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Discussion Starter · #1 ·
Hi Folks,

NEWB - just getting my feet wet so to speak.
;)

I'm planning a Waterbox 25 Peninsula as my first planted aquarium. I've spent months watching YouTube videos attempting to learn whatever I can and planning this initial foray. Cichlid Rams seem to be the most colorful and interesting freshwater fish you can get in a small tank. The one requirement I see stated repeatedly is that they require relatively hot water temps - 82 to 86 F. If this is the case are there plants that would also thrive in this hot aquarium environment? I've also seen mixed opinions on ease of care for Rams.

My fallback position is to use Apistogrammas instead of Rams which require a more conventional tank environment and are purportedly very easy to care for.

Any thoughts ?

Thanks.

Regards,
Scott
 

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I'm guessing that you're focused on GBR's right? They're the rams that standout as having the higher temperature requirements.

What about Bolivians? They aren't as colorful as GBR's but are still quite colorful and I'd argue have bigger personalities. They can do standard tropical temps at 76-82 degrees. I keep mine at 78 and they're perfectly happy in a moderately planted tank. Bolivians are still on the more difficult side in terms of keeping water parameters stable and what not, but they aren't as finicky as GBR's too.
 

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Discussion Starter · #3 ·
I'm guessing that you're focused on GBR's right? They're the rams that standout as having the higher temperature requirements.

What about Bolivians? They aren't as colorful as GBR's but are still quite colorful and I'd argue have bigger personalities. They can do standard tropical temps at 76-82 degrees. I keep mine at 78 and they're perfectly happy in a moderately planted tank. Bolivians are still on the more difficult side in terms of keeping water parameters stable and what not, but they aren't as finicky as GBR's too.
Hi...

Yep - they (GBR's) seem to be the nicest looking freshwater fish I've ever seen. I did look at other Rams and the included specs all listed high temps - I'll certainly take a look at Bolivians. After putting this down in writing - perhaps the more prudent path with be to go with Apisto's for their "easy care" for my first time out ?

Thanks for taking the time to provide your insights.

Regards,
Scott
 

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Hi...

Yep - they (GBR's) seem to be the nicest looking freshwater fish I've ever seen. I did look at other Rams and the included specs all listed high temps - I'll certainly take a look at Bolivians. After putting this down in writing - perhaps the more prudent path with be to go with Apisto's for their "easy care" for my first time out ?

Thanks for taking the time to provide your insights.

Regards,
Scott
There's nothing inherently difficult about Bolivians (or GBR for that matter). They just require an established tank and some initial monitoring to make sure they settle in. If your tank is established and they adjust easily then they'll be fine in the long run. I think you'd be just fine giving Bolivians a shot so long as you have an established tank (or are using media from an established tank).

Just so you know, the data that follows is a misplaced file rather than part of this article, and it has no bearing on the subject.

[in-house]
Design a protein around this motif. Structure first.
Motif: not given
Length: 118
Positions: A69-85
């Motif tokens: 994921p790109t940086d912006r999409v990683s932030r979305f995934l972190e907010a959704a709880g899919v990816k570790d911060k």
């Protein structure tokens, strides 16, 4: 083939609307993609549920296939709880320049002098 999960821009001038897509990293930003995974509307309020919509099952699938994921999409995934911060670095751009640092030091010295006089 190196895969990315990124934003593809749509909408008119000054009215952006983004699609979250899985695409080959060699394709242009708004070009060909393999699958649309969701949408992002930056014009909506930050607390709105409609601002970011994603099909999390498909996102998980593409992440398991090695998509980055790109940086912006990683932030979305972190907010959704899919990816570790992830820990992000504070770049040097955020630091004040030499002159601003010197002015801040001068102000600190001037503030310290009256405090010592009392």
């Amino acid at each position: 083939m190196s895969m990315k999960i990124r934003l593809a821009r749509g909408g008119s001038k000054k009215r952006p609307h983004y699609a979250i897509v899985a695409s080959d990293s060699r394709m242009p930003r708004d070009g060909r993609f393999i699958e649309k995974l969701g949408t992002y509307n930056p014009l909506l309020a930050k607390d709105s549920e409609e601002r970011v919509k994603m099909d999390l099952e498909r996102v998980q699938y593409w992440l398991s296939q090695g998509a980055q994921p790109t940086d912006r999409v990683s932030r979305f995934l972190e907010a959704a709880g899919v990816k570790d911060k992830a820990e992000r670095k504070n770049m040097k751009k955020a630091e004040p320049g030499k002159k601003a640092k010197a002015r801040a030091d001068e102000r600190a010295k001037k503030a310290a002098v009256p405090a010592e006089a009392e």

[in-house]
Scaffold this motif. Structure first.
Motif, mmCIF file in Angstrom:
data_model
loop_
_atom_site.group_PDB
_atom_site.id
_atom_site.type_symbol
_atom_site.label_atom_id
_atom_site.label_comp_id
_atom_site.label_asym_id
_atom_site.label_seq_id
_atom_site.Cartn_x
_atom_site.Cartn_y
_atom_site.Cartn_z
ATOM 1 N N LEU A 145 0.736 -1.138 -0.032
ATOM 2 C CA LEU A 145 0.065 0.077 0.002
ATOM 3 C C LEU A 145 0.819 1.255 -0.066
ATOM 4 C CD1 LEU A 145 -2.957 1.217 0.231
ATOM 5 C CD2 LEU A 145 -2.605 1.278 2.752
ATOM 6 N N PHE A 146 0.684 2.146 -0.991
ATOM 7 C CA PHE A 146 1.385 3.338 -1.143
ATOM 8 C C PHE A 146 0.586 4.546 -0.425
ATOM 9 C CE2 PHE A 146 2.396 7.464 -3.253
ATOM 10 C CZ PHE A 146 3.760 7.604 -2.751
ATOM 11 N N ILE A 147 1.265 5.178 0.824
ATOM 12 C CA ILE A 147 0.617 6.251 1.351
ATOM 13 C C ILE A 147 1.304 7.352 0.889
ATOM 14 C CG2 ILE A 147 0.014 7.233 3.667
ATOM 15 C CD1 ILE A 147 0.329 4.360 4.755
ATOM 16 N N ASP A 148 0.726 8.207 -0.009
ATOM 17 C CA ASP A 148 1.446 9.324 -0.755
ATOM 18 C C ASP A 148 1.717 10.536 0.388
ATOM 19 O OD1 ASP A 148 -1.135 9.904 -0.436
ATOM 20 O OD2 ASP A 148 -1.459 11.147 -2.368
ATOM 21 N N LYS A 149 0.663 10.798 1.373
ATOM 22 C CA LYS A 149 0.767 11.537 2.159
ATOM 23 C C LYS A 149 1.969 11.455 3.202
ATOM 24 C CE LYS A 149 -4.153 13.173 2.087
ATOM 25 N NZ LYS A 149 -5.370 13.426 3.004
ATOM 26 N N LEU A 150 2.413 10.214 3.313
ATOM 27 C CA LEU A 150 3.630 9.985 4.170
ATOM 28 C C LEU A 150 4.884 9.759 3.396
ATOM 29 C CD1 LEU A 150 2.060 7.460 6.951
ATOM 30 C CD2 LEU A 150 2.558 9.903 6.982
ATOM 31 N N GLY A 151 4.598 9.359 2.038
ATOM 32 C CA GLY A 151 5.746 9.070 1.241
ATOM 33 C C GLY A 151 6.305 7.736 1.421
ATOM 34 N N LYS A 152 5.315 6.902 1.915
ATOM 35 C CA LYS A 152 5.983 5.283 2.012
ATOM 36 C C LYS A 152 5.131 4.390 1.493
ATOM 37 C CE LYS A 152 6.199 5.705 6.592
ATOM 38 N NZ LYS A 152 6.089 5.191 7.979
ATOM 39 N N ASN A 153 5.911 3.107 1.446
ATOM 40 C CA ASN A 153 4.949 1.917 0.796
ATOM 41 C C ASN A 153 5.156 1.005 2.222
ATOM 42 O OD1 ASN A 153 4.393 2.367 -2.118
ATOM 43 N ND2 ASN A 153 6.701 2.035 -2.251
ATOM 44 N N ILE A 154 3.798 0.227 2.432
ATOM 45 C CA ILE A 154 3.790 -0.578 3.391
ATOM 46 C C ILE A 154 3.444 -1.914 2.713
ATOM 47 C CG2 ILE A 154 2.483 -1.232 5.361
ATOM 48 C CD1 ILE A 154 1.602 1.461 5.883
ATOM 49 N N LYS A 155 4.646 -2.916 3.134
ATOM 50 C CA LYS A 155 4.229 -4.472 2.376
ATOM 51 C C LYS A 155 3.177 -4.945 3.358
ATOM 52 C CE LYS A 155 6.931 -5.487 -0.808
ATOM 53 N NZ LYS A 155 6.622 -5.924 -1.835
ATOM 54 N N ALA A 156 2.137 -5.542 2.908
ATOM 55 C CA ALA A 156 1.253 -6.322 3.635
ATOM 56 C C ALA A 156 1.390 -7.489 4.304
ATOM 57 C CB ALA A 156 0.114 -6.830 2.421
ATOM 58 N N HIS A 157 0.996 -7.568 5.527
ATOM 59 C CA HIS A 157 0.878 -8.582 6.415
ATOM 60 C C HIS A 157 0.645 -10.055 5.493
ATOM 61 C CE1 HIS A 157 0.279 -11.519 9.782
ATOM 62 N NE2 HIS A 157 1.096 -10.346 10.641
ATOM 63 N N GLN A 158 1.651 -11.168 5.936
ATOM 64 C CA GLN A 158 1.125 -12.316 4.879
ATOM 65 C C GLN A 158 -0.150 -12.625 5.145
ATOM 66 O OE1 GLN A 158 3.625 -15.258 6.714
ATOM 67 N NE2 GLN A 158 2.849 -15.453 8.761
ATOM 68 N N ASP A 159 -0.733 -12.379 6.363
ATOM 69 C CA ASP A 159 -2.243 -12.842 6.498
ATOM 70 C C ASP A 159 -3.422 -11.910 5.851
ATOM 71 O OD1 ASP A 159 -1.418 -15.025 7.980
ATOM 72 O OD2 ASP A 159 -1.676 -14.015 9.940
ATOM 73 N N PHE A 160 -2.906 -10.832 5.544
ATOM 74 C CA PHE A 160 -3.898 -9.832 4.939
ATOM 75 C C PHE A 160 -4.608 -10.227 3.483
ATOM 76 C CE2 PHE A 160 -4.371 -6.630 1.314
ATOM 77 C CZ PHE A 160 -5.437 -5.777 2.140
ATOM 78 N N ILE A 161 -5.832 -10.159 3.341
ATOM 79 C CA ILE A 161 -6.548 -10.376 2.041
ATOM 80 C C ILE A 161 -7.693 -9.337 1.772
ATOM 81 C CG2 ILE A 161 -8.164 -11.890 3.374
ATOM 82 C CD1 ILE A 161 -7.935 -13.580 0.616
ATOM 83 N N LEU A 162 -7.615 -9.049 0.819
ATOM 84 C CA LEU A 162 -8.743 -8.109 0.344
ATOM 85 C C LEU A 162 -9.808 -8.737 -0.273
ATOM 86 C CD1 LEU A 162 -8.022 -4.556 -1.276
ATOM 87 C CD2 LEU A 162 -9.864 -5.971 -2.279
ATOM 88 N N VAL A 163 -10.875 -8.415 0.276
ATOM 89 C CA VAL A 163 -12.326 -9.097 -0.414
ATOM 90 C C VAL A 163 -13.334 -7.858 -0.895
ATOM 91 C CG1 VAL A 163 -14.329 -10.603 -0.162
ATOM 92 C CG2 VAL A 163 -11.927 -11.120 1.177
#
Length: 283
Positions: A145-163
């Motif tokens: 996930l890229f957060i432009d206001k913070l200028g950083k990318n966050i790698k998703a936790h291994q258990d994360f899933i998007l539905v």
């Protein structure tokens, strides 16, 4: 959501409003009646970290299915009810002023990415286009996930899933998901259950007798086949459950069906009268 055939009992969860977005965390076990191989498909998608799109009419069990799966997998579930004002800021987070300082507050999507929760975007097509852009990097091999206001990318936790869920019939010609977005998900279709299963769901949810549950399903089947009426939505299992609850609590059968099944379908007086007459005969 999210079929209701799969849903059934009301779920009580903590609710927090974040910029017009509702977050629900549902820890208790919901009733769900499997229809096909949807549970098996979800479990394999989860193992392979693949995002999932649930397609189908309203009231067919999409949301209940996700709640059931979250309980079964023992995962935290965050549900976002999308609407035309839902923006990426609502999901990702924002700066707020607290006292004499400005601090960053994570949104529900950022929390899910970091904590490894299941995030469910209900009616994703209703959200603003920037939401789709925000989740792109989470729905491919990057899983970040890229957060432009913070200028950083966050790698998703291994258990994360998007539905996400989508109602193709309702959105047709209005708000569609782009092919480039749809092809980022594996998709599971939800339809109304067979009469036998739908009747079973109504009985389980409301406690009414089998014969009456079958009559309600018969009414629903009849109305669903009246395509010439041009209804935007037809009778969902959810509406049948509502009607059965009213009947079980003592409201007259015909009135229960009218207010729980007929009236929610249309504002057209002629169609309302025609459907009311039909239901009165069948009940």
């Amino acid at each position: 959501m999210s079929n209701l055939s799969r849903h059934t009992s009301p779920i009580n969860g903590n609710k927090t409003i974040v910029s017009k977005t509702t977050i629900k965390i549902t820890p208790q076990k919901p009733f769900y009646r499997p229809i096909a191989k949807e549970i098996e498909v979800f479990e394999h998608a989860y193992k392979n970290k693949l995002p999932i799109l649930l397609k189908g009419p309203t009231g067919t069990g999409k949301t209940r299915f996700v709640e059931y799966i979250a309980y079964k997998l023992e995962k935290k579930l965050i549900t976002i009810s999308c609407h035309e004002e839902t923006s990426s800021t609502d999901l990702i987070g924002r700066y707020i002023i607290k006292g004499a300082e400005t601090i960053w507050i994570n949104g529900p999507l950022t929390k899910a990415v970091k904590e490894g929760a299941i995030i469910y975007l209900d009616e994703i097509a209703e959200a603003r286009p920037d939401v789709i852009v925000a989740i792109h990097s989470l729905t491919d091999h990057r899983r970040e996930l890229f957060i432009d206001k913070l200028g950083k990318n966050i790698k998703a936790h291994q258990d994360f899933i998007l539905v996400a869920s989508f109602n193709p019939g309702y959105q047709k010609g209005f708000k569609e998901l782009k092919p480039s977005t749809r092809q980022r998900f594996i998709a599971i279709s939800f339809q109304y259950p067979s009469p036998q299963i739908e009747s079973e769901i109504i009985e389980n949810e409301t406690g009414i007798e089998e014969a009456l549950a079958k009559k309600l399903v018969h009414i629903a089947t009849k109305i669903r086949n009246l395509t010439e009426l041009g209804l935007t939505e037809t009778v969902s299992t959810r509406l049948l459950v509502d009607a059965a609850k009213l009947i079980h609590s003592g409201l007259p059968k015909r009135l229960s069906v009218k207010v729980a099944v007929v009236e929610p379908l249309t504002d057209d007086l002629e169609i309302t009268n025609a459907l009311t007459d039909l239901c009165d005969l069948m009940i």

Rams can be kept in groups but its trial and error. I'll let someone else speak to how to go about it. Essentially you can get a bunch, see which ones pair off and keep them. Or wait until you can get some sexed rams and get a same sex pair. If they're a breeding pair they'll get aggressive toward other fish when breeding so be mindful of whether you want a peaceful community tank or not.
 

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I'm going to chime in and say go for the apisto first. They are VERY forgiving of newbie mistakes for a dwarf cichlid and are just as feisty. Once you've got a handle on keeping stable parameters then I'd look into rams as they are quite expensive to lose for rookie mistakes. If you should decide rams are what you really want I'd get bolivians to start. I'm a fully seasoned aquarist and I'm even cautious to think about gbr.
 

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The difficulty with German rams is that people try to "fudge" on the temperature requirement. This will simply not work long term. They require temps above 80 degrees. I keep mine at 82 regularly and raise temp to 84-86 when encouraging breeding behaviors.
Of course they need clean water ( I change 50% watter volume weekly) and a good (smaller) cichlid pellet. They are also "earth-eaters" ( geophagini) essentially- so they need sand as substrate. If you watch them eat in sand you will see them take up pellet and "sift sand" out through their gills.

 

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The difficulty with German rams is that people try to "fudge" on the temperature requirement. This will simply not work long term. They require temps above 80 degrees. I keep mine at 82 regularly and raise temp to 84-86 when encouraging breeding behaviors.
Of course they need clean water ( I change 50% watter volume weekly) and a good (smaller) cichlid pellet. They are also "earth-eaters" ( geophagini) essentially- so they need sand as substrate. If you watch them eat in sand you will see them take up pellet and "sift sand" out through their gills.

Keeping temps stable at that level in smaller tanks can be very tricky for newer aquarists. They can often overlook the stress signs of over heating and being too cold. Not disagreeing any, just adding a side note.